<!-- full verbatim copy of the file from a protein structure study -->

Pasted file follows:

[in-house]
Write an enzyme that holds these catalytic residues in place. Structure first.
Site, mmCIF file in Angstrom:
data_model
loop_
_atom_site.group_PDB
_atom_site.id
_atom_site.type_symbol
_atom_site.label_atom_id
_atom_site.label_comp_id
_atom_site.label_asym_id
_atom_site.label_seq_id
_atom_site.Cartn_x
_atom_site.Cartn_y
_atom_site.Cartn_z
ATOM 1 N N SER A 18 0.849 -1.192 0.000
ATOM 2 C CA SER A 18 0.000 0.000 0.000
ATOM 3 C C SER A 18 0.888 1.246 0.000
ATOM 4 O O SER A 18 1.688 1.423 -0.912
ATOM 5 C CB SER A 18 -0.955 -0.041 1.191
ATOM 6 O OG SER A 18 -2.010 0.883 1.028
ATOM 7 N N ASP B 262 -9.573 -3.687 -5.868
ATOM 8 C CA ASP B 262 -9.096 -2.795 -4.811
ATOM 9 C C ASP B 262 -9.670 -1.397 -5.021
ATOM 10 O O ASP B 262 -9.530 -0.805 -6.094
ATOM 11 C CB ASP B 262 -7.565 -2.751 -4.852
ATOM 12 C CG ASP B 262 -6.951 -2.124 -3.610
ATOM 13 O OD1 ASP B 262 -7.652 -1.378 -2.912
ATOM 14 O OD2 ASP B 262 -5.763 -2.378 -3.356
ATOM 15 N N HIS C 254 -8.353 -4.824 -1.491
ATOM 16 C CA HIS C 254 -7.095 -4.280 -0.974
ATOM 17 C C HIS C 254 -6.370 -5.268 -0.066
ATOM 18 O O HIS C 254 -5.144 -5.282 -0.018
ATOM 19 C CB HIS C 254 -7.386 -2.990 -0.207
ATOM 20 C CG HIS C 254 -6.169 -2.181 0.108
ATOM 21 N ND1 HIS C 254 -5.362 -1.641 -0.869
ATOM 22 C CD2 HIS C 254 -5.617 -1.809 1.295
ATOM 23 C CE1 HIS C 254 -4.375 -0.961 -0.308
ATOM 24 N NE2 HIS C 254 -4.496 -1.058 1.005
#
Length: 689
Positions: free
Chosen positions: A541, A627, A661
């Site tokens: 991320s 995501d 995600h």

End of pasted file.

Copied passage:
[in-house]
Write an enzyme that holds these catalytic residues in place. Structure first.
Site, mmCIF file in Angstrom:
data_model
loop_
_atom_site.group_PDB
_atom_site.id
_atom_site.type_symbol
_atom_site.label_atom_id
_atom_site.label_comp_id
_atom_site.label_asym_id
_atom_site.label_seq_id
_atom_site.Cartn_x
_atom_site.Cartn_y
_atom_site.Cartn_z
ATOM 1 N N SER A 18 0.849 -1.192 0.000
ATOM 2 C CA SER A 18 0.000 0.000 0.000
ATOM 3 C C SER A 18 0.888 1.246 0.000
ATOM 4 O O SER A 18 1.688 1.423 -0.912
ATOM 5 C CB SER A 18 -0.955 -0.041 1.191
ATOM 6 O OG SER A 18 -2.010 0.883 1.028
ATOM 7 N N ASP B 262 -9.573 -3.687 -5.868
ATOM 8 C CA ASP B 262 -9.096 -2.795 -4.811
ATOM 9 C C ASP B 262 -9.670 -1.397 -5.021
ATOM 10 O O ASP B 262 -9.530 -0.805 -6.094
ATOM 11 C CB ASP B 262 -7.565 -2.751 -4.852
ATOM 12 C CG ASP B 262 -6.951 -2.124 -3.610
ATOM 13 O OD1 ASP B 262 -7.652 -1.378 -2.912
ATOM 14 O OD2 ASP B 262 -5.763 -2.378 -3.356
ATOM 15 N N HIS C 254 -8.353 -4.824 -1.491
ATOM 16 C CA HIS C 254 -7.095 -4.280 -0.974
ATOM 17 C C HIS C 254 -6.370 -5.268 -0.066
ATOM 18 O O HIS C 254 -5.144 -5.282 -0.018
ATOM 19 C CB HIS C 254 -7.386 -2.990 -0.207
ATOM 20 C CG HIS C 254 -6.169 -2.181 0.108
ATOM 21 N ND1 HIS C 254 -5.362 -1.641 -0.869
ATOM 22 C CD2 HIS C 254 -5.617 -1.809 1.295
ATOM 23 C CE1 HIS C 254 -4.375 -0.961 -0.308
ATOM 24 N NE2 HIS C 254 -4.496 -1.058 1.005
#
Length: 689
Positions: free
Chosen positions: A541, A627, A661
């Site tokens: 991320s 995501d 995600h």